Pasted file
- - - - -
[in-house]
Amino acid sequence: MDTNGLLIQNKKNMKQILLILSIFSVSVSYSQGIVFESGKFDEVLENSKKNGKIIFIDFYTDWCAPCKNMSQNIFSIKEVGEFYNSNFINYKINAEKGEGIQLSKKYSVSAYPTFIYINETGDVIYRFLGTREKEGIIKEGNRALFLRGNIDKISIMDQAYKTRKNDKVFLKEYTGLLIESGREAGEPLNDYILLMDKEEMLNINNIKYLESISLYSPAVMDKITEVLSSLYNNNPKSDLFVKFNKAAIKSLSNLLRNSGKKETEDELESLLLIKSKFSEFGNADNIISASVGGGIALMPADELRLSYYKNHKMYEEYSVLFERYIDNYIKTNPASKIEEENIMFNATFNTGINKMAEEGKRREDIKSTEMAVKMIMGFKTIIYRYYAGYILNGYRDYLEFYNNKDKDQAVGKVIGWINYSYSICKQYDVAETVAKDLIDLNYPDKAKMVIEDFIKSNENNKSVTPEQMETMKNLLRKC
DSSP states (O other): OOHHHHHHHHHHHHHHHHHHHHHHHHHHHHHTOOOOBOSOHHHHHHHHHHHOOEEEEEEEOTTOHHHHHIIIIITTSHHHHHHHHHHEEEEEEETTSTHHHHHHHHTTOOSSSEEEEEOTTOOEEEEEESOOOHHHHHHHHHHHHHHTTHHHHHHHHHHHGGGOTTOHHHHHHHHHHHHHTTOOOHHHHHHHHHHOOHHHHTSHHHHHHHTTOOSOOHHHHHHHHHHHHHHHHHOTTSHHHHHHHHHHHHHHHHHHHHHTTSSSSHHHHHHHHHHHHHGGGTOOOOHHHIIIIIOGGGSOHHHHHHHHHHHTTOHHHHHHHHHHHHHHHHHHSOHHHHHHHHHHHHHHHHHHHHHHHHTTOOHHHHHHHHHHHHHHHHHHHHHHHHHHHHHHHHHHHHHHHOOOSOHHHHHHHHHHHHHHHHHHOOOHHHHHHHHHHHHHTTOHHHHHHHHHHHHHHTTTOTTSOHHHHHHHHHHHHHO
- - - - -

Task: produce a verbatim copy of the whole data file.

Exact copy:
[in-house]
Amino acid sequence: MDTNGLLIQNKKNMKQILLILSIFSVSVSYSQGIVFESGKFDEVLENSKKNGKIIFIDFYTDWCAPCKNMSQNIFSIKEVGEFYNSNFINYKINAEKGEGIQLSKKYSVSAYPTFIYINETGDVIYRFLGTREKEGIIKEGNRALFLRGNIDKISIMDQAYKTRKNDKVFLKEYTGLLIESGREAGEPLNDYILLMDKEEMLNINNIKYLESISLYSPAVMDKITEVLSSLYNNNPKSDLFVKFNKAAIKSLSNLLRNSGKKETEDELESLLLIKSKFSEFGNADNIISASVGGGIALMPADELRLSYYKNHKMYEEYSVLFERYIDNYIKTNPASKIEEENIMFNATFNTGINKMAEEGKRREDIKSTEMAVKMIMGFKTIIYRYYAGYILNGYRDYLEFYNNKDKDQAVGKVIGWINYSYSICKQYDVAETVAKDLIDLNYPDKAKMVIEDFIKSNENNKSVTPEQMETMKNLLRKC
DSSP states (O other): OOHHHHHHHHHHHHHHHHHHHHHHHHHHHHHTOOOOBOSOHHHHHHHHHHHOOEEEEEEEOTTOHHHHHIIIIITTSHHHHHHHHHHEEEEEEETTSTHHHHHHHHTTOOSSSEEEEEOTTOOEEEEEESOOOHHHHHHHHHHHHHHTTHHHHHHHHHHHGGGOTTOHHHHHHHHHHHHHTTOOOHHHHHHHHHHOOHHHHTSHHHHHHHTTOOSOOHHHHHHHHHHHHHHHHHOTTSHHHHHHHHHHHHHHHHHHHHHTTSSSSHHHHHHHHHHHHHGGGTOOOOHHHIIIIIOGGGSOHHHHHHHHHHHTTOHHHHHHHHHHHHHHHHHHSOHHHHHHHHHHHHHHHHHHHHHHHHTTOOHHHHHHHHHHHHHHHHHHHHHHHHHHHHHHHHHHHHHHHOOOSOHHHHHHHHHHHHHHHHHHOOOHHHHHHHHHHHHHTTOHHHHHHHHHHHHHHTTTOTTSOHHHHHHHHHHHHHO